It is curious that, in the middle of our immediate world, there is much yet to learn. So here I am in the middle of bear country and I know very little about bears. This week I stumbled upon people who make a point knowing about bears.
When the AGM of the Kaslo Chamber of Commerce started, I was talking to a couple and so we all sat down together. After the short, well-planned AGM, we started talking. Julius and Kristin who own Grizzly Bear Ranch,offer grizzly and black bear-viewing holidays in the midst of pristine wilderness. They are quite committed to learning about bears, and being respectful to all the wild animals that share their space.
Here's what I learned about bears:
- It is difficult to tell the difference between a male and a female bear. One of the ways to tell is how they pee. Males stream at an angle while females are more or less vertical.
- Bears mate from mid-June to mid-July. Once the egg is fertilized, the embryo has a "delayed implantation." In November, if the bear is in shape (has enough reserves), then the fertilized egg implants in the uterine wall and the embryo grows for approximately 2 months. The babies, usually 2 to 3 in a litter, are born in February while their mama is hibernating.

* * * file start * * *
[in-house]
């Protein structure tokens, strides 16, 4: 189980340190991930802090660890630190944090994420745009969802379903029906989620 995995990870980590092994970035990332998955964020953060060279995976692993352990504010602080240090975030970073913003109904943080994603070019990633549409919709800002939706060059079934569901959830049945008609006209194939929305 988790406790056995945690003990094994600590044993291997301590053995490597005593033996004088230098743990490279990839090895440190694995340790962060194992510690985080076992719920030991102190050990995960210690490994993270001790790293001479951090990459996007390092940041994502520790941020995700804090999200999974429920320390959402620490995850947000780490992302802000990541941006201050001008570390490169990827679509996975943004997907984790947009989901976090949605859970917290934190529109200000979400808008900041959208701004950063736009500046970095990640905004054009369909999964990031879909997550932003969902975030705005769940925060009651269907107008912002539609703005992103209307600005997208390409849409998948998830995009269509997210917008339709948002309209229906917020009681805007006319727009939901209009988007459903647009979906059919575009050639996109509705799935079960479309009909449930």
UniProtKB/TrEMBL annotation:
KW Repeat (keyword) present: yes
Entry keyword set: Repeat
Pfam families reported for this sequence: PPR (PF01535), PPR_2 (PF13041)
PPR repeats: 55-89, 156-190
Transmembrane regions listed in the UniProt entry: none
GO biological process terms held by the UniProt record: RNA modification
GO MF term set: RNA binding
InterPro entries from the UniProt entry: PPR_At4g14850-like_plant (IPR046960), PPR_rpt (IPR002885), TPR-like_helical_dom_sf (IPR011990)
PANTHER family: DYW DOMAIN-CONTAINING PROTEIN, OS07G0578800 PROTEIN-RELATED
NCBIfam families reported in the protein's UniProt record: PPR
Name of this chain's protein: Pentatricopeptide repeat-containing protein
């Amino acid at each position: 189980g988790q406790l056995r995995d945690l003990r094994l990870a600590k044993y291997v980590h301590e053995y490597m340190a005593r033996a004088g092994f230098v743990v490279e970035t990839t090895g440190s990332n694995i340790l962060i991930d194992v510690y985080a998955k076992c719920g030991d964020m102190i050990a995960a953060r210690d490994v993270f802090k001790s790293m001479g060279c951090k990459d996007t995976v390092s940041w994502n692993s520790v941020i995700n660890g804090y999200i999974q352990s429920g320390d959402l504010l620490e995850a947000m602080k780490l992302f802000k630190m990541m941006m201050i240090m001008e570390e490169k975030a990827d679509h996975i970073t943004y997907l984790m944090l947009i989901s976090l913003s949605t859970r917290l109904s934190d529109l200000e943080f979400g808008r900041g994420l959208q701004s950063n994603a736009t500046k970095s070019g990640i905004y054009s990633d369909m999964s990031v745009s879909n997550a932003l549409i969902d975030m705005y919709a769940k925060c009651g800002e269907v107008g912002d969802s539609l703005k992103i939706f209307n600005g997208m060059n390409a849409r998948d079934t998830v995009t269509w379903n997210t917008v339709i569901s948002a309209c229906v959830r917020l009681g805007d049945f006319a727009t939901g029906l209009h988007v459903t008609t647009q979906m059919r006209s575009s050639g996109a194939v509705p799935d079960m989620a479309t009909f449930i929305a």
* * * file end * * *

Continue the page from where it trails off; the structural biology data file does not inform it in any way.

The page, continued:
- Each mother bear has 6 teats - 4 on the upper chest and 2 on her abdomen. The bottom 2 allow the cubs to nurse when she is "sleeping," and her arms are enfolded to keep her warm.
- During the hibernation period, the bear's body recycles nutrients which allows it not to lose muscle tone. Julius and I had a discussion about what would happen to humans if they slept for 5 or 6 months - our muscles would atrophy.
We had a lovely evening, visiting with Kasloites in the new Kaslo Hotel, recently renovated though the building has been around since 1896. With views facing Kootenay Lake, it is a compelling draw.
The next day I was scheduled for the Kaslo Career Fair, so I decided to stay overnight. I stayed at Rocky Ledges Bed and Breakfast, which is just south of Mirror Lake, about 15 minutes from Kaslo. My gracious hosts were Maggie and Steve. Like Julius and Kristin, they are in their second year providing accommodation, having moved from far away and falling under the spell of the Kootenays.
When we arrived at the B&B, it was dark, but the next morning, this is what I saw out my patio windows...
On a warmer day, I would have been tempted to stay put.